quote by Karl Philipp Moritz

As I passed along the side walls of Westminster Abbey, I hardly saw any thing but marble monuments of great admirals, but which were all too much loaded with finery and ornaments, to make on me at least, the intended impression.

— Karl Philipp Moritz

Massive Westminster Abbey quotations

Westminster Abbey, the Tower, a steeple, one church, and then another, presented themselves to our view; and we could now plainly distinguish the high round chimneys on the tops of the houses, which yet seemed to us to form an innumerable number of smaller spires, or steeples.

On a very gloomy dismal day, just such a one as it ought to be, I went to see Westminster Abbey.

It is eerie being all but alone in Westminster Abbey.

Without the tourists, there are only the dead, many of them kings and queens. They speak powerfully and put my thoughts into vivid perspective.

He who is faithful over a few things is a lord of cities.

It does not matter whether you preach in Westminster Abbey or teach a ragged class, so you be faithful. The faithfulness is all.

There is laughter that goes so far as to lose all touch with its motive, and to exist only, grossly, in itself. This is laughter at its best. A man to whom such laughter has often been granted may happen to die in a work-house. No matter. I will not admit that he has failed in life. Another man, who has never laughed thus, may be buried in Westminster Abbey, leaving more than a million pounds overhead. What then? I regard him as a failure.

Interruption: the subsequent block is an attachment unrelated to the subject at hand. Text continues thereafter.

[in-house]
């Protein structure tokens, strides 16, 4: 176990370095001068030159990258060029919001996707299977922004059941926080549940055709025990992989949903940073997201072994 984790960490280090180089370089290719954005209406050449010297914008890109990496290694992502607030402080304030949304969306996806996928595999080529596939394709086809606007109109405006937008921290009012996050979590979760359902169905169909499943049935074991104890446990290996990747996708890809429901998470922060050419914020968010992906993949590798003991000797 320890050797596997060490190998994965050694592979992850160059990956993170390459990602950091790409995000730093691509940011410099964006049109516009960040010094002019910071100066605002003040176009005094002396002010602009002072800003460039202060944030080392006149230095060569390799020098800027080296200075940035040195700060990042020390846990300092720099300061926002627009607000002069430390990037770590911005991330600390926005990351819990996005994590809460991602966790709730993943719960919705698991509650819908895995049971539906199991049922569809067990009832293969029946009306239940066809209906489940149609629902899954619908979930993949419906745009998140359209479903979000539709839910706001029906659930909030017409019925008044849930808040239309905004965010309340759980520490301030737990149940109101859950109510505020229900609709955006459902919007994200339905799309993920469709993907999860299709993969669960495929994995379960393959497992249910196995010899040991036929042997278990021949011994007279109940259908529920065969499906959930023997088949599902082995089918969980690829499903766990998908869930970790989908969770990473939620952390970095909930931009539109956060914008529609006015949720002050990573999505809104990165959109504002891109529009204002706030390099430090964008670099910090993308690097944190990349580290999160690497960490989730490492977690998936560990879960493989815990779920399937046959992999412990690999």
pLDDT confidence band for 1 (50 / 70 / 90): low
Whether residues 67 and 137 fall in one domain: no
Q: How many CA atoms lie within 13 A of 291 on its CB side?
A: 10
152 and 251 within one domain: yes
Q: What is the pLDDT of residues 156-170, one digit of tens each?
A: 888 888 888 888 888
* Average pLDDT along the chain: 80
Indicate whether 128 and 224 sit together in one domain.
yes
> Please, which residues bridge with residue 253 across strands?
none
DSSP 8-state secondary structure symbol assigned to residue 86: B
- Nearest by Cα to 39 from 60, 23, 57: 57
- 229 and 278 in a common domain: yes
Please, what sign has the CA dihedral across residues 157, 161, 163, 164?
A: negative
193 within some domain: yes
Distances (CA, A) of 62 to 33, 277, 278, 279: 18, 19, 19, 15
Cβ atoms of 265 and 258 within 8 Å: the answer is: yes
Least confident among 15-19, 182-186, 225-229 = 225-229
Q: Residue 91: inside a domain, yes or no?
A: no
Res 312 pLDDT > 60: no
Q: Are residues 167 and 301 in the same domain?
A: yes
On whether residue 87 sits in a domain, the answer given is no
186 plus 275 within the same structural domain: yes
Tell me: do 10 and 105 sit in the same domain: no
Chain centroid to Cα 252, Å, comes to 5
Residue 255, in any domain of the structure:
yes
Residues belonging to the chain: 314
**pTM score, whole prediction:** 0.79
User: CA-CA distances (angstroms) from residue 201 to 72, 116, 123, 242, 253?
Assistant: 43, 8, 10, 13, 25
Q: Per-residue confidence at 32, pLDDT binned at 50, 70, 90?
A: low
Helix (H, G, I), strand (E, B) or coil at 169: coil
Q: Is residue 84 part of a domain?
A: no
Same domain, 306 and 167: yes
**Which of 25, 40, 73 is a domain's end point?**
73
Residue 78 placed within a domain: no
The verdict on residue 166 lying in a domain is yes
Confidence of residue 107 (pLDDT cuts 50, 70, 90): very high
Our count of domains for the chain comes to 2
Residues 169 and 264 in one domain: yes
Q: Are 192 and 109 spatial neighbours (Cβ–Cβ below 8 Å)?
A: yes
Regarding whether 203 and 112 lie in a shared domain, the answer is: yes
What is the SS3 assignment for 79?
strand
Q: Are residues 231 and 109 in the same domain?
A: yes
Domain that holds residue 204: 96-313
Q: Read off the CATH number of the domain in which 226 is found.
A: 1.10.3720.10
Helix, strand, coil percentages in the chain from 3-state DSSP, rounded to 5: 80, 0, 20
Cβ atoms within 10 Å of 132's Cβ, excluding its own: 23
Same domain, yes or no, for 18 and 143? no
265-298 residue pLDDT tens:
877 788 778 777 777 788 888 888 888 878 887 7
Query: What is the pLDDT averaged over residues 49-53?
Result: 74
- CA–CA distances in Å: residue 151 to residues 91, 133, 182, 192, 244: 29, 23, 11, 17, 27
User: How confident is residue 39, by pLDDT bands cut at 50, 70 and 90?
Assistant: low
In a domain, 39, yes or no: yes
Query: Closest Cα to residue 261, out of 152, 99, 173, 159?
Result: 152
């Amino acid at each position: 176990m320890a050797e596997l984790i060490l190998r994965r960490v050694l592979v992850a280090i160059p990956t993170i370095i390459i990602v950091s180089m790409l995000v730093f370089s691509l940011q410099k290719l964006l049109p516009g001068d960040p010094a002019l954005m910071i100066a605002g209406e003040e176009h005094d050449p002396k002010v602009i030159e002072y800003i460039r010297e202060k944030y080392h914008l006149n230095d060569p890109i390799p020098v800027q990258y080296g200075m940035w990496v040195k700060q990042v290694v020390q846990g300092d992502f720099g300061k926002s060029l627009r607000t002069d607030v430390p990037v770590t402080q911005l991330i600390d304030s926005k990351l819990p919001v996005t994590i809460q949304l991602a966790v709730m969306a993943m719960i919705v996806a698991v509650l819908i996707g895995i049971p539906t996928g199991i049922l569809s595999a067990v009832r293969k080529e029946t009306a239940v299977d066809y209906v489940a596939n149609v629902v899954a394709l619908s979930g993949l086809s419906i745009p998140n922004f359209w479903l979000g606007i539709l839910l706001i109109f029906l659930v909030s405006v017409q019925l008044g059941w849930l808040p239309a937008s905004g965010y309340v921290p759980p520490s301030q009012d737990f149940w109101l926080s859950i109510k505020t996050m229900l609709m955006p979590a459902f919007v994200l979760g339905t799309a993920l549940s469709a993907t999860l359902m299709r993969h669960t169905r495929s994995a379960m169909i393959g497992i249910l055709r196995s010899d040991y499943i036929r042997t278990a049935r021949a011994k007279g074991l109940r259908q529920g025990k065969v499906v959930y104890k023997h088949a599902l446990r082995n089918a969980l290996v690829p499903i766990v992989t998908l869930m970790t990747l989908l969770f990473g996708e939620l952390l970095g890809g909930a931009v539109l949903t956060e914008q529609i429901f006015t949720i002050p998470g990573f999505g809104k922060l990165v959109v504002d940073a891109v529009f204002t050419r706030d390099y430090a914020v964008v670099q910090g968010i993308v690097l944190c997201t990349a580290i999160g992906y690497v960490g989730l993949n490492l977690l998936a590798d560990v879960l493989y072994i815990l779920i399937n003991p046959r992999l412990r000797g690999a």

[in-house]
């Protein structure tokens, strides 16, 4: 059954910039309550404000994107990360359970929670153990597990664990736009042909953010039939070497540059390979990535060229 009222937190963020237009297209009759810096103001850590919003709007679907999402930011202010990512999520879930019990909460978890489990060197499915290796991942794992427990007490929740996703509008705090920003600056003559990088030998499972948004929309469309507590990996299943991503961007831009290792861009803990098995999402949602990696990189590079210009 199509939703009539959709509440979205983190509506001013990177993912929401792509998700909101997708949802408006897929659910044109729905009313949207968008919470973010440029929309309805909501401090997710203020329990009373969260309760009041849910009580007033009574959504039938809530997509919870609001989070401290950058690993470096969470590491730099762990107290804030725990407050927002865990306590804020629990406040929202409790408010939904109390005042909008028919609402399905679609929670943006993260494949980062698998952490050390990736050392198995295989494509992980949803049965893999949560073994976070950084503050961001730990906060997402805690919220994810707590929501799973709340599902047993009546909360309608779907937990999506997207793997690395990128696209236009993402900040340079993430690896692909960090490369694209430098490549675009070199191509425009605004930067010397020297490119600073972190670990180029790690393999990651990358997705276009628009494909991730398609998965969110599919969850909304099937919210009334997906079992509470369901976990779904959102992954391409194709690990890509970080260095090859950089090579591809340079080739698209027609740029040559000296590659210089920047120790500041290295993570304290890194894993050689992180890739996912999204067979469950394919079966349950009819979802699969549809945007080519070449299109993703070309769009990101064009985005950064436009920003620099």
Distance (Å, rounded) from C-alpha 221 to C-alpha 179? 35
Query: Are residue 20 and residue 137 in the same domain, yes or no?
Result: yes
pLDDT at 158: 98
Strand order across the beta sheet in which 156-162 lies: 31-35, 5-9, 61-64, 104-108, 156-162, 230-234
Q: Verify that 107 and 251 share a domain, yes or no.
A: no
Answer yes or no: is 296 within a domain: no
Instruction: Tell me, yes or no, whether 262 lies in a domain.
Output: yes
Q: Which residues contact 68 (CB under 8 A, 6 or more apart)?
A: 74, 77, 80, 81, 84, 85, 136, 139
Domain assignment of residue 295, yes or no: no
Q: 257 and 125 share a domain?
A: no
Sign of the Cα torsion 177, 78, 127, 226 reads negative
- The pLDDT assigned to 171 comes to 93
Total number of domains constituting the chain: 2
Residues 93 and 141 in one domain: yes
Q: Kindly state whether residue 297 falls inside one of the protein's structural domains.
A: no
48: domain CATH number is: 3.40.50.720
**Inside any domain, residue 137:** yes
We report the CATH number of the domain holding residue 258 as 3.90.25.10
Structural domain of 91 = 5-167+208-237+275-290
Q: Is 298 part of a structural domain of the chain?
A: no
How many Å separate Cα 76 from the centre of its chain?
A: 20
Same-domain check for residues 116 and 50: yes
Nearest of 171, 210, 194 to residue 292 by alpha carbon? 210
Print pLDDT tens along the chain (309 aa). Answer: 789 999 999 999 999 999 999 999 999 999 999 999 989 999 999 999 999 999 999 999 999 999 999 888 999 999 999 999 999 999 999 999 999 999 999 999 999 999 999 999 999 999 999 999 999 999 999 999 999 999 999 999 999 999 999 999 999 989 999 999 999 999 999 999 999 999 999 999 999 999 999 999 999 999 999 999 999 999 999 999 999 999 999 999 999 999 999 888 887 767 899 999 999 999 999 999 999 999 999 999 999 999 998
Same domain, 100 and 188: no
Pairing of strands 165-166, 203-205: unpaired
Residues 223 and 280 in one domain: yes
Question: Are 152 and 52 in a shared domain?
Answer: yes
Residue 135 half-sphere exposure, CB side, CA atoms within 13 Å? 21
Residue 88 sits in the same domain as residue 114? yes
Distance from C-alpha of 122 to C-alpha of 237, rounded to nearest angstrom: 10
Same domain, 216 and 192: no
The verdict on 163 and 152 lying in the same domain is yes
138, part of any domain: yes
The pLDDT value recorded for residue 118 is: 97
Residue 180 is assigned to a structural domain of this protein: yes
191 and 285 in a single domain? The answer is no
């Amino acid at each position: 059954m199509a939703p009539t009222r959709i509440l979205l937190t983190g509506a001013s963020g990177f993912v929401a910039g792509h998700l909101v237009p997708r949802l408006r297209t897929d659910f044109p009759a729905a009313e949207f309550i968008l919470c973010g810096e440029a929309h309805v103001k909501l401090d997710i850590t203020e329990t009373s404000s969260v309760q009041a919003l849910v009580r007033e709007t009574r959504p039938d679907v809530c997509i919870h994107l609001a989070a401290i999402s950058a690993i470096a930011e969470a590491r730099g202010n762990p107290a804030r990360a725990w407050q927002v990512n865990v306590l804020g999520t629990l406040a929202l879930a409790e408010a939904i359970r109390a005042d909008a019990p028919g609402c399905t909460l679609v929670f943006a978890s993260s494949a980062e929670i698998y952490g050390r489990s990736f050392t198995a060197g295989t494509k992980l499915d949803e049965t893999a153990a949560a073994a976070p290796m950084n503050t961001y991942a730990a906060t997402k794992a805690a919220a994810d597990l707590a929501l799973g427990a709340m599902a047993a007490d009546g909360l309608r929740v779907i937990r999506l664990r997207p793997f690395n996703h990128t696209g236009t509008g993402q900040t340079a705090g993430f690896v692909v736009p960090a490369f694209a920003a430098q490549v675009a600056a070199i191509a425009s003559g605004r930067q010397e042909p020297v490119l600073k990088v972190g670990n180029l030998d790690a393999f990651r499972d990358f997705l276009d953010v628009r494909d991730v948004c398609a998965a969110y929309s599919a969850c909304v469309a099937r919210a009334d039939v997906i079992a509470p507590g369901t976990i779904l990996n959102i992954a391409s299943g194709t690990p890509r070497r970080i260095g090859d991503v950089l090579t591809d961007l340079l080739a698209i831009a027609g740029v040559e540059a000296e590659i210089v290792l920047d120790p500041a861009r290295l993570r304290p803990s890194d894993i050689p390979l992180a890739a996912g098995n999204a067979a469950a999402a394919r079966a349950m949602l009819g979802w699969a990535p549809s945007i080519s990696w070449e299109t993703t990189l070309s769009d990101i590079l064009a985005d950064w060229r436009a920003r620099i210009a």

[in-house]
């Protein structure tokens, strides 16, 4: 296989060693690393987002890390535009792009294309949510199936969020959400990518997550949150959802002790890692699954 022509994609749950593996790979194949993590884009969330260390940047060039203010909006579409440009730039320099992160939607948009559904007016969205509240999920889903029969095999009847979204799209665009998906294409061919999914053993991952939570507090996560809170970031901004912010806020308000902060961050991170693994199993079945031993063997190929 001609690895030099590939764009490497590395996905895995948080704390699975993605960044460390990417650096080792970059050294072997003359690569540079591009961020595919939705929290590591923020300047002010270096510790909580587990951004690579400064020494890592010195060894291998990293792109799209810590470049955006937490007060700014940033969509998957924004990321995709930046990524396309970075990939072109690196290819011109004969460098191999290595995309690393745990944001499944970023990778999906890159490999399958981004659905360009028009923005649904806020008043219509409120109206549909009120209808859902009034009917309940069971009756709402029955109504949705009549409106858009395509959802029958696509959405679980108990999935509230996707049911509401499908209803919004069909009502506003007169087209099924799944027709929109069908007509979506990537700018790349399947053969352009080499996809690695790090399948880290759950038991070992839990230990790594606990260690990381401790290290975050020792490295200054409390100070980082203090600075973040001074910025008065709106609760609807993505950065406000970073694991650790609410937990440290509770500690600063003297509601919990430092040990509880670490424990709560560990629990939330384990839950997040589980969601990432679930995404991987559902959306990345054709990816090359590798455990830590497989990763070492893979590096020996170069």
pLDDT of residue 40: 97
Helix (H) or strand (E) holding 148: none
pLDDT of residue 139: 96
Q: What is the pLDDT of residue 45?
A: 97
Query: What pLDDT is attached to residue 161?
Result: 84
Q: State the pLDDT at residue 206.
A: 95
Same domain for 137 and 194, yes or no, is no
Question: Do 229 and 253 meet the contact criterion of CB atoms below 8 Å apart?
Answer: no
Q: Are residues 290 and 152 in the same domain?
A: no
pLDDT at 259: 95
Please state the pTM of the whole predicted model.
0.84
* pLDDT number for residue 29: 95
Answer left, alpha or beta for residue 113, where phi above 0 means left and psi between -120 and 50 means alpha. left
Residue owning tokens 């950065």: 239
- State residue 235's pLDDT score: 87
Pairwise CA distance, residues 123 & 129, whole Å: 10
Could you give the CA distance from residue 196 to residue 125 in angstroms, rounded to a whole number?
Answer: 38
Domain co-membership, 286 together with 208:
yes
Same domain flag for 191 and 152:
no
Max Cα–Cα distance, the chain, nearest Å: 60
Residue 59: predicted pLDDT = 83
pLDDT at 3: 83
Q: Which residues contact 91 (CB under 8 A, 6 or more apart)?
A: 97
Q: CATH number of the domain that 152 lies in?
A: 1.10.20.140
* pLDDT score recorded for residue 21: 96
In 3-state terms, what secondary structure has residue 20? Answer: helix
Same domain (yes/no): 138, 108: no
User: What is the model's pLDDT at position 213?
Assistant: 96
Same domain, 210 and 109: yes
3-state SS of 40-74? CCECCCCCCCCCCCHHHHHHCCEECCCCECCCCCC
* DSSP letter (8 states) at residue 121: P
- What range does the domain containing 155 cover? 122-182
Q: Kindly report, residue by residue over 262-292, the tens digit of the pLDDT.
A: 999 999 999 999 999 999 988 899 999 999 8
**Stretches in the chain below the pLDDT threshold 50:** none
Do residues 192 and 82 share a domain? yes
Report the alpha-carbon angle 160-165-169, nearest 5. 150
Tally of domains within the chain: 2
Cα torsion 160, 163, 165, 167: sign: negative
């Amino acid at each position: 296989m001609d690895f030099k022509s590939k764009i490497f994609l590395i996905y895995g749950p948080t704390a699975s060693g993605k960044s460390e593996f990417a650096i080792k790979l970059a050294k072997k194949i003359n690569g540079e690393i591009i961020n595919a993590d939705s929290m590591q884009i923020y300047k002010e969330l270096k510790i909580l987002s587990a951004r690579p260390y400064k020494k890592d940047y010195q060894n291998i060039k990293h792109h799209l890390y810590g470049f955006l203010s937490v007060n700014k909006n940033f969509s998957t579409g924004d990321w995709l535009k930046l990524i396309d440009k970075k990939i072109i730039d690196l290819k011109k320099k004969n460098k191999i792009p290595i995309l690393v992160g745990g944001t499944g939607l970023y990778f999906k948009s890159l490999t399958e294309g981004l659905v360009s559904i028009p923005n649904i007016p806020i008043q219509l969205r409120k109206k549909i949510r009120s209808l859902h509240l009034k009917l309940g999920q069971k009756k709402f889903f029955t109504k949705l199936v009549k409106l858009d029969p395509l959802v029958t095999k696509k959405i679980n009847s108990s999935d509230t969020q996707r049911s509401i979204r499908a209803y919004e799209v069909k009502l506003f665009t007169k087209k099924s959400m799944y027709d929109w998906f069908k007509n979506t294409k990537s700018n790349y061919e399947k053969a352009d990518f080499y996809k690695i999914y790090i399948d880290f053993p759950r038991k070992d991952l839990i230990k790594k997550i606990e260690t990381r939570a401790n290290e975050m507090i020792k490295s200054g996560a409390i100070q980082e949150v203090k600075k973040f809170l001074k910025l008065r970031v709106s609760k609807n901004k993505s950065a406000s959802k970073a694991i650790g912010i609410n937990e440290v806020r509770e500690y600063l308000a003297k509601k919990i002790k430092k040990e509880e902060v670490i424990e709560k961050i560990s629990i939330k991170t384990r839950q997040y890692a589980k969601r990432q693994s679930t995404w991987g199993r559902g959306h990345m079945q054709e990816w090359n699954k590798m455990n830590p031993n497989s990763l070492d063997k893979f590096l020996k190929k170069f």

Commemorative stone in the floor of the Chapel of St.

George in Westminster Abbey, London, dedicated in 1947: TO THE MEMORY OF ROBERT Baden-Powell CHIEF SCOUT OF THE WORLD 1857-1941 Upon one side of the stone was the badge of the Boy Scouts, the arrow-head to point the true way as it had pointed the way for sailors and navigators from the time of the earliest maps; and on the other the badge of the Girl Guides-the three-leafed clover.

A group touring Westminster Abbey in London heard the guide list the famous people buried within its walls. During a momentary silence a little old lady's voice blurted out loud and clear, Anybody been saved here lately?

Westminster Abbey is nature crystallized into a conventional form by man, with his sorrows, his joys, his failures, and his seeking for the Great Spirit. It is a frozen requiem, with a nation's prayer ever in dumb music ascending.

The only place that's holier than St. Andrews is Westminster Abbey.

PRIMATE, n. The head of a church, especially a State church supported by involuntary contributions. The Primate of England is the Archbishop of Canterbury, an amiable old gentleman, who occupies Lambeth Palace when living and Westminster Abbey when dead. He is commonly dead.

I mean, you can't walk down the aisle in Westminster Abbey in a strapless dress, it just won't happen - it has to suit the grandeur of that aisle, it's enormous.

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